Employees with Tattoos

Tattoos are becoming an increasingly common sight, especially among the millennial generation. A 2013 study by social researchers, McCrindle found that 12% of all Australians had one or more tattoos, with the figure being much higher in younger demographics. With their popularity ever-increasing, the question of whether visible tattoos are acceptable in the workplace, however, remains controversial.

Tattoo policy

Whether tattoos are accepted in the workplace will depend on several factors such as the kind of business, the type of work employees perform and whether they are in contact with customers. It is usually best practice for workplaces to include guidelines around tattoos in the employee dress code. The most common policy is that tattoos shouldn’t be visible, however this can become problematic when the tattoos are in places such as on the neck and hands and can’t readily be covered.

Allowing tattoos

Some businesses, particularly in the hospitality and retailing sectors who may be targeting millennials, allow employees to show off their tattoos. This is usually done to make their business become more attractive to millennial customers. If you choose to allow your workers to have visible tattoos, it is important to note in the dress code that some tattoos may have the potential to cause offence such as images or words that are pornographic, racially-vilifying or demeaning.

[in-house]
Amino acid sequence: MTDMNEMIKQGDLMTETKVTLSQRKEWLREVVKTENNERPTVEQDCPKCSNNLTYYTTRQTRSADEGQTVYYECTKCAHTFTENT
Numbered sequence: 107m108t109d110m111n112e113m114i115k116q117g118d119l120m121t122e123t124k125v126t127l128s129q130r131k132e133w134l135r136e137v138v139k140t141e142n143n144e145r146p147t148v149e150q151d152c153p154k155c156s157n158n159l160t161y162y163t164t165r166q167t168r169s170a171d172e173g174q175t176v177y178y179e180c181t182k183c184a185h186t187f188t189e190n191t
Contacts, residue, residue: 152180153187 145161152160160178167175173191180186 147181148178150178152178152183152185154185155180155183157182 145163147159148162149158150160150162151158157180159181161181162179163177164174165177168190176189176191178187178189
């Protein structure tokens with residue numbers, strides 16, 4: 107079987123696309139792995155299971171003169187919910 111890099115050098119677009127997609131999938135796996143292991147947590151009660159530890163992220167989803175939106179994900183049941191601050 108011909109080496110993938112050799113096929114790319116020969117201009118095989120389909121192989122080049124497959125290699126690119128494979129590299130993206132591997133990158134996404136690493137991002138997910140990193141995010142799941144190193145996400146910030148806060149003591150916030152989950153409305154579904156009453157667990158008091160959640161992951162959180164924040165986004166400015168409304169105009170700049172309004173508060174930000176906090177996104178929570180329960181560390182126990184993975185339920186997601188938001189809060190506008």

Banning tattoos

Asking an employee to conceal a tattoo, or refusing to employ them is within your rights if it is reasonably likely that other people who had contact with the employee would be offended. However, discriminating against an employee because of a tattoo worn for racial or religious reasons – which includes forcing them to conceal it – could result in unlawful discrimination on the grounds of race or religious beliefs.

For advice regarding workplace tattoos, please contact us on (08) 9316 9896 or enquiries@processworx.com.au